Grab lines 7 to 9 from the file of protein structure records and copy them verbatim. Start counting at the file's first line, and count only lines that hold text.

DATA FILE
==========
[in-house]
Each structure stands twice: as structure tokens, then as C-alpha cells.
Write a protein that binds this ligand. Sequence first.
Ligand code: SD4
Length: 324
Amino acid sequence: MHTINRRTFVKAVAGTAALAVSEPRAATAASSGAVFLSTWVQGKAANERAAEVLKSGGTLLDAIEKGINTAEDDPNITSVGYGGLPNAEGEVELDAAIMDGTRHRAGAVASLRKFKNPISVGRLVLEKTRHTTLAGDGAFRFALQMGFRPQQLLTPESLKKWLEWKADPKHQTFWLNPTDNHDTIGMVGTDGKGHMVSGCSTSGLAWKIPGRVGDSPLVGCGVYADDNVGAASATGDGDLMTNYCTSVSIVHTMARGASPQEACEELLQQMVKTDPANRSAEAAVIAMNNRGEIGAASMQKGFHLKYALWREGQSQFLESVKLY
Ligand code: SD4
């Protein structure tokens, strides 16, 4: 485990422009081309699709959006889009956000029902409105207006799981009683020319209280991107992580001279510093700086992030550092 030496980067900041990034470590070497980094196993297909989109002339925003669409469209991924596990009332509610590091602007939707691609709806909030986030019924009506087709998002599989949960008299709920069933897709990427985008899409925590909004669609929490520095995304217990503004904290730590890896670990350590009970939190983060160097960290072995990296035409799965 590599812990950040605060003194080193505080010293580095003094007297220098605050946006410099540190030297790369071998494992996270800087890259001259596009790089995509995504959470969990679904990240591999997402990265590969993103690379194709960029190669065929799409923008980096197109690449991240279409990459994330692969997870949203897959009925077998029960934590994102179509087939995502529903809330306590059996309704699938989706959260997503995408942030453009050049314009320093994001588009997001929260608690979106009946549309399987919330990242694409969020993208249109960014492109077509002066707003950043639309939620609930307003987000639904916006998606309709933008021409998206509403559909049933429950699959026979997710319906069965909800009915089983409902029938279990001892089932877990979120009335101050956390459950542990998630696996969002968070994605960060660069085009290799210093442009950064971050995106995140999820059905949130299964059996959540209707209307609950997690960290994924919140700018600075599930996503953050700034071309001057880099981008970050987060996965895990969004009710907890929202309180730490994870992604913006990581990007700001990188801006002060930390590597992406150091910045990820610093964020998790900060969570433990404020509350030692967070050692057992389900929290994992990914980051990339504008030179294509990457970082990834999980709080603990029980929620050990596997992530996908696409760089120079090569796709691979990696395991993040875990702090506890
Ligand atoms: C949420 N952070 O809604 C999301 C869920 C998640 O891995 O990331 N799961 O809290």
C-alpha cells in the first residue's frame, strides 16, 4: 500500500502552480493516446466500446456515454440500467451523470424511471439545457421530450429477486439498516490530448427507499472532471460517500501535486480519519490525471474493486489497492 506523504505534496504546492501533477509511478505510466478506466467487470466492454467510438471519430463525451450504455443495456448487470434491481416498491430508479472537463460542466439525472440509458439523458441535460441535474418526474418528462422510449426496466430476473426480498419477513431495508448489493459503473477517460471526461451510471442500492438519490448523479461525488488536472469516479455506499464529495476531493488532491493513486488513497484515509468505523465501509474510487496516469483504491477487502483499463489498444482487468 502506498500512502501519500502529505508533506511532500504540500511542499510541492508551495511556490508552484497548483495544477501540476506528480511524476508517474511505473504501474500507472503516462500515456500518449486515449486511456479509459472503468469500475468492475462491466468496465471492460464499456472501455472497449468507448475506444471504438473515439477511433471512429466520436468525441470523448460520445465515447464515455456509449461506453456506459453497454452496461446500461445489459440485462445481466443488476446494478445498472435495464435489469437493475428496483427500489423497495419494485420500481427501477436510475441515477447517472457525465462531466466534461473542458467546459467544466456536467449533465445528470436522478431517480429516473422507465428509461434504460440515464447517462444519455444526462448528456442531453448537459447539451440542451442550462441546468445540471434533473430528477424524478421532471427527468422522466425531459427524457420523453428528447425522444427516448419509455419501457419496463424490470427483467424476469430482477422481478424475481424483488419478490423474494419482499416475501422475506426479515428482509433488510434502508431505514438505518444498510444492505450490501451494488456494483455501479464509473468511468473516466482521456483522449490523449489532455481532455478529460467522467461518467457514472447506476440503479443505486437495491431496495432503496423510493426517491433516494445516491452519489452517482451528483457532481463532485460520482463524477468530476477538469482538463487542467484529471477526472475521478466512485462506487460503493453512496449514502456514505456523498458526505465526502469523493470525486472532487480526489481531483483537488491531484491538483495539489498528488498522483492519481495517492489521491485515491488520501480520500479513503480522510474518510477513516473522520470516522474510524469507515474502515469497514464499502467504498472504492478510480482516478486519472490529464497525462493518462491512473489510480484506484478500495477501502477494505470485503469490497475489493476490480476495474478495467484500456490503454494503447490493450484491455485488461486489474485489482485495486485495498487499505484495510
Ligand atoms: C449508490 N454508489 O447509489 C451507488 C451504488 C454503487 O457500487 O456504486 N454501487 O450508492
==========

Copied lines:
Ligand code: SD4
């Protein structure tokens, strides 16, 4: 485990422009081309699709959006889009956000029902409105207006799981009683020319209280991107992580001279510093700086992030550092 030496980067900041990034470590070497980094196993297909989109002339925003669409469209991924596990009332509610590091602007939707691609709806909030986030019924009506087709998002599989949960008299709920069933897709990427985008899409925590909004669609929490520095995304217990503004904290730590890896670990350590009970939190983060160097960290072995990296035409799965 590599812990950040605060003194080193505080010293580095003094007297220098605050946006410099540190030297790369071998494992996270800087890259001259596009790089995509995504959470969990679904990240591999997402990265590969993103690379194709960029190669065929799409923008980096197109690449991240279409990459994330692969997870949203897959009925077998029960934590994102179509087939995502529903809330306590059996309704699938989706959260997503995408942030453009050049314009320093994001588009997001929260608690979106009946549309399987919330990242694409969020993208249109960014492109077509002066707003950043639309939620609930307003987000639904916006998606309709933008021409998206509403559909049933429950699959026979997710319906069965909800009915089983409902029938279990001892089932877990979120009335101050956390459950542990998630696996969002968070994605960060660069085009290799210093442009950064971050995106995140999820059905949130299964059996959540209707209307609950997690960290994924919140700018600075599930996503953050700034071309001057880099981008970050987060996965895990969004009710907890929202309180730490994870992604913006990581990007700001990188801006002060930390590597992406150091910045990820610093964020998790900060969570433990404020509350030692967070050692057992389900929290994992990914980051990339504008030179294509990457970082990834999980709080603990029980929620050990596997992530996908696409760089120079090569796709691979990696395991993040875990702090506890
Ligand atoms: C949420 N952070 O809604 C999301 C869920 C998640 O891995 O990331 N799961 O809290």